five warning signs of a toxic friendship
Clinical psychologist and professor of psychology, Dr. Ramani Durvasula, discusses on the “Frenemies” show five key warning signs that may determine if you are involved in a toxic friendship that can turn dangerous.
On The Ricki Lake Show airing Monday, January 7th, one woman recounts how her best friend’s controlling and manipulative behavior ultimately led to her to unwittingly participate in a drug smuggling ring, and a sibling tells Ricki of the horrifying tale of losing her sister at the hands of a childhood friend. Check local listings.
On the show, Dr. Ramani Durvasula reviews the five warning signs that should’ve been evident in those two toxic relationships. She lists five behaviors that should send anyone running from a so-called "BFF."
5 Warning Signs
1. Your friend isolates you from others
2. You’re encouraged to go against your morals and ethics
3. Your friend controls other elements of your life
4. Your friend issues insults – puts you down in any way.
5. You frequently catch your friend in lies, or things that don’t ring true
Dr. Durvasula expands on the above warning signs below.
• Abusive relationships are not very common – meaning that it is not the “norm” – and one thing that protects friendships from turning abusive as often as intimate relationships do is that we typically have multiple friendships – which often waters down the power of any one friendship.
• However like any human relationship – if you enter into a relationship with a narcissist or a sociopath – you can pretty much set your clock by the fact that there will be some abusive elements within the relationship.
• Friendships tend to be become unhealthy gradually- most of us are on better behavior at the beginning of a relationship. But as we sort of “relax” into our true selves – that is when it can sometimes get dark (depending on the players).
• It happens as people tolerate more and more bad treatment over time – when a few “slips” take place – many people tend to “excuse” their friend or come up with rationalizations for their behavior – and over time it drifts darker and darker.
• In a word, friendships become unhealthy because one person tolerates disrespectful or inappropriate behavior and doesn’t call the other person on it.
• People are quicker to forgive their friends over their spouses because friends often hold a special place. We are sort of “stuck” with our families and we did not choose them and the histories are deeper so the conflicts may run deeper.
• Intimate partners also carry rules (e.g. fidelity, commitment etc); we rarely accuse a friend of “cheating” on us because friendships are governed by less rules and different rules. We may be more likely to see forgiveness. In addition, the stakes may be lower. We are less likely to be shareholders in terms of money, kids, homes so forgiving may carry fewer ramifications.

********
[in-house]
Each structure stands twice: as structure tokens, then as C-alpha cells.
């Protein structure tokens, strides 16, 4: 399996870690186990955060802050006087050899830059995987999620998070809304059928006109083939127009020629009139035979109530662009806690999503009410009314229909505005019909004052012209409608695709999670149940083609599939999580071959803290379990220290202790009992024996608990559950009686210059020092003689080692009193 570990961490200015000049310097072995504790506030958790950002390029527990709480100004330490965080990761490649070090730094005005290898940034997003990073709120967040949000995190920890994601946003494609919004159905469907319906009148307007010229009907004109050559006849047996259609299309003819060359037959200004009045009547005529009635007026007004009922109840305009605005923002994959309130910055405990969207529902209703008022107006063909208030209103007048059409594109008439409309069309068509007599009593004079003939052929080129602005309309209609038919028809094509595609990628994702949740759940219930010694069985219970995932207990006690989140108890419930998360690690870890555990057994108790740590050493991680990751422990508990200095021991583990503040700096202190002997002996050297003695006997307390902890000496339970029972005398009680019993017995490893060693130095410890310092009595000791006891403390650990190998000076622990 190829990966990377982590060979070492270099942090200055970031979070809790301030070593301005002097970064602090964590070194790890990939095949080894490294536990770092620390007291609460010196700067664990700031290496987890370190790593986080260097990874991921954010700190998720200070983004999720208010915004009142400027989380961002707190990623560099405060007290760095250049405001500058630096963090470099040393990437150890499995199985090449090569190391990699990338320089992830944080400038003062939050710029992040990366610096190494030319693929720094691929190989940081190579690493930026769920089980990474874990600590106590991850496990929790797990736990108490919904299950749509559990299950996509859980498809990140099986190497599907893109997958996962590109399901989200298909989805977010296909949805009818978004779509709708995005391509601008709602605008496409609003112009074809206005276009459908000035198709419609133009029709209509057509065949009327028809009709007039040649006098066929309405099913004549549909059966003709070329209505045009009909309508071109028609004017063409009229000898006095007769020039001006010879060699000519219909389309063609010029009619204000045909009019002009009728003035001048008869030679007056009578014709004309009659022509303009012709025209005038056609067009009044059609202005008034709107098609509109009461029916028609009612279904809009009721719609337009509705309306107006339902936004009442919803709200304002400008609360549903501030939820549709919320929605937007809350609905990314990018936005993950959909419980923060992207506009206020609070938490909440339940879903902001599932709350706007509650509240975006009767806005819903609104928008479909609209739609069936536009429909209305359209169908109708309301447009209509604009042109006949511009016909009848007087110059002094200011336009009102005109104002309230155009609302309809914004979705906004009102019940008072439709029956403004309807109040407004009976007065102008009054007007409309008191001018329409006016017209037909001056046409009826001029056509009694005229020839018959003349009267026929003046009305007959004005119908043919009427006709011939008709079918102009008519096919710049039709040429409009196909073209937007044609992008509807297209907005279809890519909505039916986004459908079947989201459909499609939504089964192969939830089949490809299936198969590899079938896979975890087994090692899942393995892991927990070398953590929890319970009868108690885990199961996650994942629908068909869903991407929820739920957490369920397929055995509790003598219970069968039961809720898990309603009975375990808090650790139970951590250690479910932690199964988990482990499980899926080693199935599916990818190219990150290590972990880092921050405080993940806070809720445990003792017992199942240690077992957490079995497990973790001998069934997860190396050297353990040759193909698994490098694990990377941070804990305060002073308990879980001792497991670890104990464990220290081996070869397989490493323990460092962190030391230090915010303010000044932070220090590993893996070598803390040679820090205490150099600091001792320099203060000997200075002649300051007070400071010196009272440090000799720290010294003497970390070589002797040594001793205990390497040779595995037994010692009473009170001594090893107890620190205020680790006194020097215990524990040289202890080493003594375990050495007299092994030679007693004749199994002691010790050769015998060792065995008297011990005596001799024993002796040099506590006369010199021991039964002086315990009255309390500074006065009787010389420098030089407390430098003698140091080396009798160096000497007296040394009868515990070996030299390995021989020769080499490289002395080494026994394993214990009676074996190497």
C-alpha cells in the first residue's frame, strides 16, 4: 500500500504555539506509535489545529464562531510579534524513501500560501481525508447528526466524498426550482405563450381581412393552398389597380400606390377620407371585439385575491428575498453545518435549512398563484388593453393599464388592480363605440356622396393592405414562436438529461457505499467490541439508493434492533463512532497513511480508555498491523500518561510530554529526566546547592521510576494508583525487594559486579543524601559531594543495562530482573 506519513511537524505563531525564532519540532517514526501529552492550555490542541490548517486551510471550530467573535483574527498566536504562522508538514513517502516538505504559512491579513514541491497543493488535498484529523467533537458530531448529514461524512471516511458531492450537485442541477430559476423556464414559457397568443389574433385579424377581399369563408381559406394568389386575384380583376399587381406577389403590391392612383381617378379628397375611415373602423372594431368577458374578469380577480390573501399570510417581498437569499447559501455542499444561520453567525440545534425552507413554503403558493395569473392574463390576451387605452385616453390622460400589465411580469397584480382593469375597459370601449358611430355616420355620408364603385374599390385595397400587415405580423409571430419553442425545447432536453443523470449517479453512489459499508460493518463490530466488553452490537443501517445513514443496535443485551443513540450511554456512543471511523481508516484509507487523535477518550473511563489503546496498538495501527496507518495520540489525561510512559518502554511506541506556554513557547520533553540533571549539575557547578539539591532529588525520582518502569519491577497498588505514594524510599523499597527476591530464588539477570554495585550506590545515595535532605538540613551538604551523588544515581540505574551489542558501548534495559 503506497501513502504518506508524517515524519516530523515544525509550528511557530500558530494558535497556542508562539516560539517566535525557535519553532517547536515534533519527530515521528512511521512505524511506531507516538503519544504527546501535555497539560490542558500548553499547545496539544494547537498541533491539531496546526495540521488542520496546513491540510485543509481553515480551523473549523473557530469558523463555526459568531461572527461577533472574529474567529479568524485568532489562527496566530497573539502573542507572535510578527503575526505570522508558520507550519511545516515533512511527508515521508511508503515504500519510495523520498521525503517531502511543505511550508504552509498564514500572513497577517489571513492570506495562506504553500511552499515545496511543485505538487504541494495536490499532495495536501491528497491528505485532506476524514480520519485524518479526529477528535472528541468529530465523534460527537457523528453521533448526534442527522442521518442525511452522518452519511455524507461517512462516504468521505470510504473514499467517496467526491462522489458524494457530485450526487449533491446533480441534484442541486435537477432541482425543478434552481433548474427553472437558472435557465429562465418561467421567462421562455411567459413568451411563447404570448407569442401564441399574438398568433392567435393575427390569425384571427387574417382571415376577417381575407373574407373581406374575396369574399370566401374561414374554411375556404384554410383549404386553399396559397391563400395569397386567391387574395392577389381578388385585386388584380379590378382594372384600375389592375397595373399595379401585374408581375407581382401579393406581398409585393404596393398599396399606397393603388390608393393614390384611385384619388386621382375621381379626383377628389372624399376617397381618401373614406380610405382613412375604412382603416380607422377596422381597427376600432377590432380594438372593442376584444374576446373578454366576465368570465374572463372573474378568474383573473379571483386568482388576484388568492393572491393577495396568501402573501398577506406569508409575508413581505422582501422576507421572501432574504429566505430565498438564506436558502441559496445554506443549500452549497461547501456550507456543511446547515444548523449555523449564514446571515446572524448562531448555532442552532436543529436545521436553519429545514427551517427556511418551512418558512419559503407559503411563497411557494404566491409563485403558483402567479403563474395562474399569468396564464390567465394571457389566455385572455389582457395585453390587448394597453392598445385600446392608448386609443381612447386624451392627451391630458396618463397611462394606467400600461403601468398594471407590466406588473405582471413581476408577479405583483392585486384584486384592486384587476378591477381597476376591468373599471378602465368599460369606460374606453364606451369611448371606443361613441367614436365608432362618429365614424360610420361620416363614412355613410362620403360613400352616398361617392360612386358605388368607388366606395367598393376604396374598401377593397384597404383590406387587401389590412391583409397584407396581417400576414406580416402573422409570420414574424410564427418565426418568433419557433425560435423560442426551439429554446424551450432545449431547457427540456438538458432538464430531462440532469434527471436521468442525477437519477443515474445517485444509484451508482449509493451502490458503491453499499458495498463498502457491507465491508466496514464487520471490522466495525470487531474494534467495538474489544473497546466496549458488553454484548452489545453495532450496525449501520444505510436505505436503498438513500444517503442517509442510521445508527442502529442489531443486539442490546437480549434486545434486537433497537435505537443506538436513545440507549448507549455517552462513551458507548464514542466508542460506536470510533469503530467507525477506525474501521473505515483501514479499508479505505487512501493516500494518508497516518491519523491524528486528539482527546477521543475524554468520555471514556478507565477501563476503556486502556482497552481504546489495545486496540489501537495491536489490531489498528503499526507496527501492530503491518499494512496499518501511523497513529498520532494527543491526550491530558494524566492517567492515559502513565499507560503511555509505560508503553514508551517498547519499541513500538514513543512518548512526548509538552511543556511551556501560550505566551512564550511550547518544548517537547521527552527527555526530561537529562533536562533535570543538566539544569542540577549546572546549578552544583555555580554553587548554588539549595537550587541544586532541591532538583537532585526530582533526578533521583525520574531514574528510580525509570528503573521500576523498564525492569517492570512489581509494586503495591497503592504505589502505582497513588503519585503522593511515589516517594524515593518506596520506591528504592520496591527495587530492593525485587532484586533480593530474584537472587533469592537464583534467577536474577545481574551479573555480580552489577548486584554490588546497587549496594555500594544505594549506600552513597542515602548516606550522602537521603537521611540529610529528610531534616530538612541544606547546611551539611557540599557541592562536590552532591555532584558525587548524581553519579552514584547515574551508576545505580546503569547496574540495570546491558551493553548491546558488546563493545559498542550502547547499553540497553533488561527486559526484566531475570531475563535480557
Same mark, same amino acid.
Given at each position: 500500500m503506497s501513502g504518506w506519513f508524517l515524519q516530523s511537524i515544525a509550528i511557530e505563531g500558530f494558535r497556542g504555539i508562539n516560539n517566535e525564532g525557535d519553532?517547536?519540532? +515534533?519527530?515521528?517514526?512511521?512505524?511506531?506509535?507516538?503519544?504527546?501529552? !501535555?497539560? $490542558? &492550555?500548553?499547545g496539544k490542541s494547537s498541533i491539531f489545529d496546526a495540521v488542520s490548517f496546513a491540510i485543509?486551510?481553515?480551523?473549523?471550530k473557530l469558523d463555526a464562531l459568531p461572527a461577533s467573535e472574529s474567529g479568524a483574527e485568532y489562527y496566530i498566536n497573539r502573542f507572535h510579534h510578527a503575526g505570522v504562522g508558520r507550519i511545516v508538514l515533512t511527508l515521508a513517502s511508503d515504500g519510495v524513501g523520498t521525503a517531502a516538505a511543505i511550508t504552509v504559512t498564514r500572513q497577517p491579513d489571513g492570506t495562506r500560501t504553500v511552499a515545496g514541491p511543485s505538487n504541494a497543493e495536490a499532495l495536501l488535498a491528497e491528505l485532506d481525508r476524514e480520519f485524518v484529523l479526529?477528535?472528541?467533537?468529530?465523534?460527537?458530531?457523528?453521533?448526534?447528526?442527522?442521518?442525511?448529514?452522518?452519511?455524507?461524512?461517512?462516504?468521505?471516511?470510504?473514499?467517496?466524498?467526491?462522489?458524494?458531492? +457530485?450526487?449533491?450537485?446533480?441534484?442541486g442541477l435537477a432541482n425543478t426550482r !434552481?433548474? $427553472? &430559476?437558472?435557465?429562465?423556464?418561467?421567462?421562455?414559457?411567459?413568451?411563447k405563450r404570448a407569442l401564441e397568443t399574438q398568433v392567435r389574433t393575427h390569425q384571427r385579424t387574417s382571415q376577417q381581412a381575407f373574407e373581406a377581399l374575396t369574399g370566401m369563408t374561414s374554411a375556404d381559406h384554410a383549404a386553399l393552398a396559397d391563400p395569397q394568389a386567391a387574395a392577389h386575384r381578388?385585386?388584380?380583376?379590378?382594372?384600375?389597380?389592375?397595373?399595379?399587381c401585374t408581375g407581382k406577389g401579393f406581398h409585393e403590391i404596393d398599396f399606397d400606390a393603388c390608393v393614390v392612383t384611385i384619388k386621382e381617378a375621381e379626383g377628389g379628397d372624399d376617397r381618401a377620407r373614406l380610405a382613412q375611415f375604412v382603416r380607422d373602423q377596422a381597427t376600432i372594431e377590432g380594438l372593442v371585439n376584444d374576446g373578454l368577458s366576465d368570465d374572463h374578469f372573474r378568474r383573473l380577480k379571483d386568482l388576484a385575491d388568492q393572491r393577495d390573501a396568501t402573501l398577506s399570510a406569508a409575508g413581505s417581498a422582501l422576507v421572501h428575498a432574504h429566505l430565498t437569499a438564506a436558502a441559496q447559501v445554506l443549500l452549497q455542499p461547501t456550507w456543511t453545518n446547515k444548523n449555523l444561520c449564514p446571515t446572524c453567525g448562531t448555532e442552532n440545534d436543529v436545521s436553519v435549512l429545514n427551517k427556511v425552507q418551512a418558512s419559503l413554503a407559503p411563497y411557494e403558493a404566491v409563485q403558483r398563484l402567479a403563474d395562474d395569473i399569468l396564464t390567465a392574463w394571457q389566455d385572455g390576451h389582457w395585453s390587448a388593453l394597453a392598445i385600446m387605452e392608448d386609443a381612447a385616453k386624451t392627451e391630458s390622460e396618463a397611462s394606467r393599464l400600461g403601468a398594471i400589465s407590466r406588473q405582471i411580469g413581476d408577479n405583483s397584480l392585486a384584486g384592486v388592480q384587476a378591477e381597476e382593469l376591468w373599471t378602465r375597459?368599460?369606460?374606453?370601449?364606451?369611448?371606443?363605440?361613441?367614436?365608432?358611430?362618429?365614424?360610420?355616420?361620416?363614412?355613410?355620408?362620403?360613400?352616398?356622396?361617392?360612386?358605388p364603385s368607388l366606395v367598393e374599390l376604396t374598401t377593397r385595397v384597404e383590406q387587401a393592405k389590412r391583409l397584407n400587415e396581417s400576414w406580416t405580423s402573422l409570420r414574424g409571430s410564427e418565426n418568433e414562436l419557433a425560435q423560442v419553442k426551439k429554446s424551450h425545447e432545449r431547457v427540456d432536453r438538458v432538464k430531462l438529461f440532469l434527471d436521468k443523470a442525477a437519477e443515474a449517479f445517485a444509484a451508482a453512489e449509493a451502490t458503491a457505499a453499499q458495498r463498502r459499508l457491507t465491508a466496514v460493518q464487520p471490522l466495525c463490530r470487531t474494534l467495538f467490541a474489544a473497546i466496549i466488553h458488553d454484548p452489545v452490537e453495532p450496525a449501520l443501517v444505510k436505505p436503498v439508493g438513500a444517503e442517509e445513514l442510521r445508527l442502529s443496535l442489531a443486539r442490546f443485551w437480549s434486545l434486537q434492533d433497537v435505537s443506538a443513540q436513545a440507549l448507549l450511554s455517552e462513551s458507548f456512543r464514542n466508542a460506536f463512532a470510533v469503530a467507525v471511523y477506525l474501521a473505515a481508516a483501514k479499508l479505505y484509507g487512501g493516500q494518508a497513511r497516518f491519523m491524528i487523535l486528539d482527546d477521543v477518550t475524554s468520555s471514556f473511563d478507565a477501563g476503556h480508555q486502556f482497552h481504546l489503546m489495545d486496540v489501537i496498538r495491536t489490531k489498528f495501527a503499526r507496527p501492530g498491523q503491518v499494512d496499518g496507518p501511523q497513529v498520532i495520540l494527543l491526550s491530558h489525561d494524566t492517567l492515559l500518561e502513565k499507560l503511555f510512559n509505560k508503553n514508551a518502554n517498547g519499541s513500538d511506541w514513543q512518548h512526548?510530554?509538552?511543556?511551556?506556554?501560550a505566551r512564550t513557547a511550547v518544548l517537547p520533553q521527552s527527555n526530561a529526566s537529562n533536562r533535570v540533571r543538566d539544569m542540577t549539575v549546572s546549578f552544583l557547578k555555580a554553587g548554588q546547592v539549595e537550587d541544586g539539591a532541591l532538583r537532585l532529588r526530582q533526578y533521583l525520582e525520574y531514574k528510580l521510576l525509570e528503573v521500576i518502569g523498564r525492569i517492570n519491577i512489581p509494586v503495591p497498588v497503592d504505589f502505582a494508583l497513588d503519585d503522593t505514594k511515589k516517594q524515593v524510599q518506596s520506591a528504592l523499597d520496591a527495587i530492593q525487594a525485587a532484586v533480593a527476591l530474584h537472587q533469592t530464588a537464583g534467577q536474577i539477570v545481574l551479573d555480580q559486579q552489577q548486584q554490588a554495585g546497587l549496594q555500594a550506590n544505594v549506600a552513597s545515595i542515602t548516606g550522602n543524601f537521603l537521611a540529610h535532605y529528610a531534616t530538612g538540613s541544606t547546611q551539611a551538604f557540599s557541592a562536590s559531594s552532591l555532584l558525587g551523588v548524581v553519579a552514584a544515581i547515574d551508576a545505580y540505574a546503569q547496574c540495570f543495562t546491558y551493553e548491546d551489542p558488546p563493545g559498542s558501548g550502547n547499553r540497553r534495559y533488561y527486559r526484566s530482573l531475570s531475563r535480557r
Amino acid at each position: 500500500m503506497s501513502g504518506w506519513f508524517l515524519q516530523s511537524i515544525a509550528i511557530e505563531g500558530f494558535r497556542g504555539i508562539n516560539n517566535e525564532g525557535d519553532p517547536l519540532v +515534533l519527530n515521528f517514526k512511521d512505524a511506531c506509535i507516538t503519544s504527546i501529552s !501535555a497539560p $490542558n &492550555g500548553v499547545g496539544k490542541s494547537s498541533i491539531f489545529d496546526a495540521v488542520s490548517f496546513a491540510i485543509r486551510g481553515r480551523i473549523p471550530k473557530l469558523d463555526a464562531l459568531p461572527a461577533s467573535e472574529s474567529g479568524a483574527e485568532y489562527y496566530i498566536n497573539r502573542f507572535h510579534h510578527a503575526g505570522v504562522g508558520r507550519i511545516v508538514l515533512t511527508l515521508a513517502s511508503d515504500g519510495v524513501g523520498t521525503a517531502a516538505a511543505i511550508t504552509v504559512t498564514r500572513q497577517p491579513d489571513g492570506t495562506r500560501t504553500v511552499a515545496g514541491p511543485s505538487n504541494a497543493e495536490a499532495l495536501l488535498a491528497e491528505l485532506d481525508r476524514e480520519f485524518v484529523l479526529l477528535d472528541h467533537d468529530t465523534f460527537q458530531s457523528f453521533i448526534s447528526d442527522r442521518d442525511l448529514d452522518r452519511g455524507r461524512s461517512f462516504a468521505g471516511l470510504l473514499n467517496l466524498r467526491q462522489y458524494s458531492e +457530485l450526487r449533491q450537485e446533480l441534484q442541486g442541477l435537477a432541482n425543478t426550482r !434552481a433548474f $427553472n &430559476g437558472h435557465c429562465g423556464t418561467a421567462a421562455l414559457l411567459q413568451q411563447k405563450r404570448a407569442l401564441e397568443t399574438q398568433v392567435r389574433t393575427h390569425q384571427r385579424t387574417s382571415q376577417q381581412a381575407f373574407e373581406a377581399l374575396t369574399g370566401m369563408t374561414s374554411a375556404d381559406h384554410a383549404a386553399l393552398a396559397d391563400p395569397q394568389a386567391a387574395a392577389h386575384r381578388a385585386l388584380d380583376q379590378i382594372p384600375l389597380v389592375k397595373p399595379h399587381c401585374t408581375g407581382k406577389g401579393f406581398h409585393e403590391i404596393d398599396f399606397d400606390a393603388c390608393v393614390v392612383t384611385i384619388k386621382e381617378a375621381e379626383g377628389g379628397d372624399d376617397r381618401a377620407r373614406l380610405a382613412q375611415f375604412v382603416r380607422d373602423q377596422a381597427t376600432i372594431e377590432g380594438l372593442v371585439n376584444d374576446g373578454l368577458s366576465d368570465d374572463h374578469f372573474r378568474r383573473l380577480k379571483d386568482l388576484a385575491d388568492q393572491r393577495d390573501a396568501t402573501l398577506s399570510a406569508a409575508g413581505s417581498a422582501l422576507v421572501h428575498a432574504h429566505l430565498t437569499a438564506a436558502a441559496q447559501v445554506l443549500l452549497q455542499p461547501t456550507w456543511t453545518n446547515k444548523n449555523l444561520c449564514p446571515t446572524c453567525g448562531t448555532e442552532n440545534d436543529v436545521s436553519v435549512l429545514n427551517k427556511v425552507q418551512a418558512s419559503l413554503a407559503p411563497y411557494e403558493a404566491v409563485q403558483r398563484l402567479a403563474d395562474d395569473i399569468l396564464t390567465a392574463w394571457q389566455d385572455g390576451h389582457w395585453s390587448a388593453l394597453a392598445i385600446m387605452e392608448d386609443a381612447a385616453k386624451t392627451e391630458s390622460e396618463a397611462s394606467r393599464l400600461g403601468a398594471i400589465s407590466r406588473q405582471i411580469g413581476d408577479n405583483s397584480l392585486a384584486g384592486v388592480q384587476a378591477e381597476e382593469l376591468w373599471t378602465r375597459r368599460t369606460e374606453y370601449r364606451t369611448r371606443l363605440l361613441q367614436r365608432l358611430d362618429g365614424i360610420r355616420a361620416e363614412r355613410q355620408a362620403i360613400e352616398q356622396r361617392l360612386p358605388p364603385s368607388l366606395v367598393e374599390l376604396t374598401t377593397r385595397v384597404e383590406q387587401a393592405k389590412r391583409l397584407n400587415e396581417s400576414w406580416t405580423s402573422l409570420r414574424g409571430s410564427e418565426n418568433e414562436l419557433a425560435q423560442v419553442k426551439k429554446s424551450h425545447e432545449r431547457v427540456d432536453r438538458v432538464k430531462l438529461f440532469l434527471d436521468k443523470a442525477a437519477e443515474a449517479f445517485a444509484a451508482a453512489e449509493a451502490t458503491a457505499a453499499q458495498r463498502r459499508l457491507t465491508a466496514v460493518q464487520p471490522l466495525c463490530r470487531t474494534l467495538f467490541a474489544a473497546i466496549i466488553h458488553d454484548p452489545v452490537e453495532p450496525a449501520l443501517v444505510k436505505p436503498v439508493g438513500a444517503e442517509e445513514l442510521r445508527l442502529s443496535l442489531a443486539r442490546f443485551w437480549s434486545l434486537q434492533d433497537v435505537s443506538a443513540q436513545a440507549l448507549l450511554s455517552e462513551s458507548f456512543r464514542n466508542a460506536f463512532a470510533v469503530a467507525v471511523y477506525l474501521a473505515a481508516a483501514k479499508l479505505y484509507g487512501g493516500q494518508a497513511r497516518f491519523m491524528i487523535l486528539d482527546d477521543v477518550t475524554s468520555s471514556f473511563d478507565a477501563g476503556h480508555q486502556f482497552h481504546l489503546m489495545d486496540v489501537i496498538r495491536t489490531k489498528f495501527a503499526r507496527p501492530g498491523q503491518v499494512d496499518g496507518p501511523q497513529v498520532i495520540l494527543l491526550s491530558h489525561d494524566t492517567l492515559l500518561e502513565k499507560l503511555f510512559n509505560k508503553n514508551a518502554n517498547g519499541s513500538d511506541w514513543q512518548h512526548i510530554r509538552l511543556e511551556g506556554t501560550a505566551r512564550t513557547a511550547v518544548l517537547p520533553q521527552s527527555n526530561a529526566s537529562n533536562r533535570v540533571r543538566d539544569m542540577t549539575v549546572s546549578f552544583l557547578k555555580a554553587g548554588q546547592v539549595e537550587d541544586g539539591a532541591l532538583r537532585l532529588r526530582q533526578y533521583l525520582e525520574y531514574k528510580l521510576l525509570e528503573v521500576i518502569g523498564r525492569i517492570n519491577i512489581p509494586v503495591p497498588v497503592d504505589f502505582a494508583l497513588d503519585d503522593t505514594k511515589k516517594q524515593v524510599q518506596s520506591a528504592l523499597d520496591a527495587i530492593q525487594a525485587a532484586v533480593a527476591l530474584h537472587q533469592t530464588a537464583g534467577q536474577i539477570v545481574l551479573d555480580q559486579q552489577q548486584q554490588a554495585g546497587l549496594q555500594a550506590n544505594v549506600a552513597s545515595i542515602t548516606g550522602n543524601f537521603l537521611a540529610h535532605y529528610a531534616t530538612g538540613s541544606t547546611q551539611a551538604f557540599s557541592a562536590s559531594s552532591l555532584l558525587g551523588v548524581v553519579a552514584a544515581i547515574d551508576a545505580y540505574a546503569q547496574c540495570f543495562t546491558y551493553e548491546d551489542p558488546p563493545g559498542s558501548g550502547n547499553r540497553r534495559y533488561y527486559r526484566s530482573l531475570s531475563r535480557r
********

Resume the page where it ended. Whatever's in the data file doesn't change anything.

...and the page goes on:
• We tend to have multiple friends so the pressure of problems in one friendship may not be as trying as they would be with a sister or a spouse. Bottom line – folks tend to view friendships as a lower stakes game – even though they may be some of the most powerful relationships we have.
• It’s primitive to feel the need to be in a best friend relationship. We tend to like that “one” devoted relationship. It starts young with “mom” (or primary caregiver) and then as adults we tend to have “one” spouse (hopefully).
• A best friend can feel like a safety, a confidante, and for a person who is not in an intimate relationship, a best friend may feel like that intimate partner with whom one can share, count on, spend time with, and share life with.
• Not everyone feels the need for this. in fact some people are “best friend-ers” while others aren’t and there are lots of reasons for this. It tends to start young too.
• To turn a toxic relationship around you need to listen to yourself. Just like in an intimate relationship, if it doesn’t feel right question it. Communicate, share your feelings and take ownership (e.g. I don’t feel good when you speak to me like that. I feel angry when you criticize my abilities).
• Try not to put all your eggs in one basket and cultivate other relationships and interests. Moreover always nurture yourself and if that isn’t happening in a friendship, then communicate, assess, and walk if it isn’t working.
• I hate to say it but the degree to which a toxic friendship or relationship can really be turned around is pretty slight. People are in denial that ANYONE we care(d) about could hurt us, whether it is a friend or a loved one. It hurts us too much to admit that.
• We hate to lose the history, we hate to lose the future we assumed, the confidante and we hate the idea that we were played for a fool. All of that can lead us to rewrite the truth and the circumstances in a way that maintains the status quo.
• By and large, people hate when their boats are rocked (which is why so many crappy relationships last – people would rather stay in a bad one than make a change – change is scary). Denial lets us keep things the same and that feels comfortable.